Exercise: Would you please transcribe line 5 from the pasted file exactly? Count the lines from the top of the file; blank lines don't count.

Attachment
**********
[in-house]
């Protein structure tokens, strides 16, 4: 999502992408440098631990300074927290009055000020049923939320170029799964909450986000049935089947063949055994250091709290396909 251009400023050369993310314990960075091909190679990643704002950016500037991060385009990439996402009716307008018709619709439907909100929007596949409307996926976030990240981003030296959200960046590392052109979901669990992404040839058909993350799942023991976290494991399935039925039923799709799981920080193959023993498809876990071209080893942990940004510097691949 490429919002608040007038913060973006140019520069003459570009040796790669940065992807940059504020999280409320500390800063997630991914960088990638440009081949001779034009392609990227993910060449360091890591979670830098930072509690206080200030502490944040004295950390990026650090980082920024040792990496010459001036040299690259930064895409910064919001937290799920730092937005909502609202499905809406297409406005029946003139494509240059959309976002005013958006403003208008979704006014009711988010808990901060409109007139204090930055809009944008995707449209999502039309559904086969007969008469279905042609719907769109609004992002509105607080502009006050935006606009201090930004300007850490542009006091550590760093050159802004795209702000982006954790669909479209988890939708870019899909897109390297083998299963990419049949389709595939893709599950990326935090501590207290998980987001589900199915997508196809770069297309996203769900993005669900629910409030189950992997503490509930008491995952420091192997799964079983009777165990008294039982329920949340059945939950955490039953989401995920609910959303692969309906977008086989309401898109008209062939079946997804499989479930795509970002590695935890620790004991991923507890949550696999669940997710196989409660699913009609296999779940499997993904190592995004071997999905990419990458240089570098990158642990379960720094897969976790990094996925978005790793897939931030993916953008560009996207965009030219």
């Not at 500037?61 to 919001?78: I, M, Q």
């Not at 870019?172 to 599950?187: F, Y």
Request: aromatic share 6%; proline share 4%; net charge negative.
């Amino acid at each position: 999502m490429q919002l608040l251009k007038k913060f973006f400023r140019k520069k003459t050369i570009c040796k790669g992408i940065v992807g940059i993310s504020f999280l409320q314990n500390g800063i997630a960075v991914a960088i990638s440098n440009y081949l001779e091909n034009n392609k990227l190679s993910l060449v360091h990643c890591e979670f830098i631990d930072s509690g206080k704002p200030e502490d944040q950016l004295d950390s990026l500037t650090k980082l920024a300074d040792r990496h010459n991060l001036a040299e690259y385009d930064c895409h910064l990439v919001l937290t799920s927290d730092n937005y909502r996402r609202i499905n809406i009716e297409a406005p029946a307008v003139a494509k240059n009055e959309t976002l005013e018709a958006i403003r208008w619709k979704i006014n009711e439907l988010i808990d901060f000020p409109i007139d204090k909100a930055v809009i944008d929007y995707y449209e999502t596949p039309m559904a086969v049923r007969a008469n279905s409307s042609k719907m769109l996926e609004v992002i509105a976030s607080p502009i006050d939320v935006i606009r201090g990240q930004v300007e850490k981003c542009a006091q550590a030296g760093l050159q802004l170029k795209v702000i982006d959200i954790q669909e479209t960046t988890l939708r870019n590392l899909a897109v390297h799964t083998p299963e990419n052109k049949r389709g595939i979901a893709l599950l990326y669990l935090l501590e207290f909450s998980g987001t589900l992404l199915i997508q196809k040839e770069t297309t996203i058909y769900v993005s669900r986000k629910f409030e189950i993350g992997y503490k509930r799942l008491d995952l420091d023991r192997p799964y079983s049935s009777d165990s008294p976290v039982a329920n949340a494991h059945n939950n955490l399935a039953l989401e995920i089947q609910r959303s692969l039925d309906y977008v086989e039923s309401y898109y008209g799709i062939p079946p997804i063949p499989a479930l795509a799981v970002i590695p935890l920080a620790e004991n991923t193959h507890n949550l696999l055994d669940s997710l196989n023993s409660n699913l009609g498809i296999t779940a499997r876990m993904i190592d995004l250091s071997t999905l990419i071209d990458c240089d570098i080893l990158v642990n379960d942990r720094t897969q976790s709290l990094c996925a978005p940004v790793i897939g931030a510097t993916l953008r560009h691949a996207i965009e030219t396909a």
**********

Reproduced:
Request: aromatic share 6%; proline share 4%; net charge negative.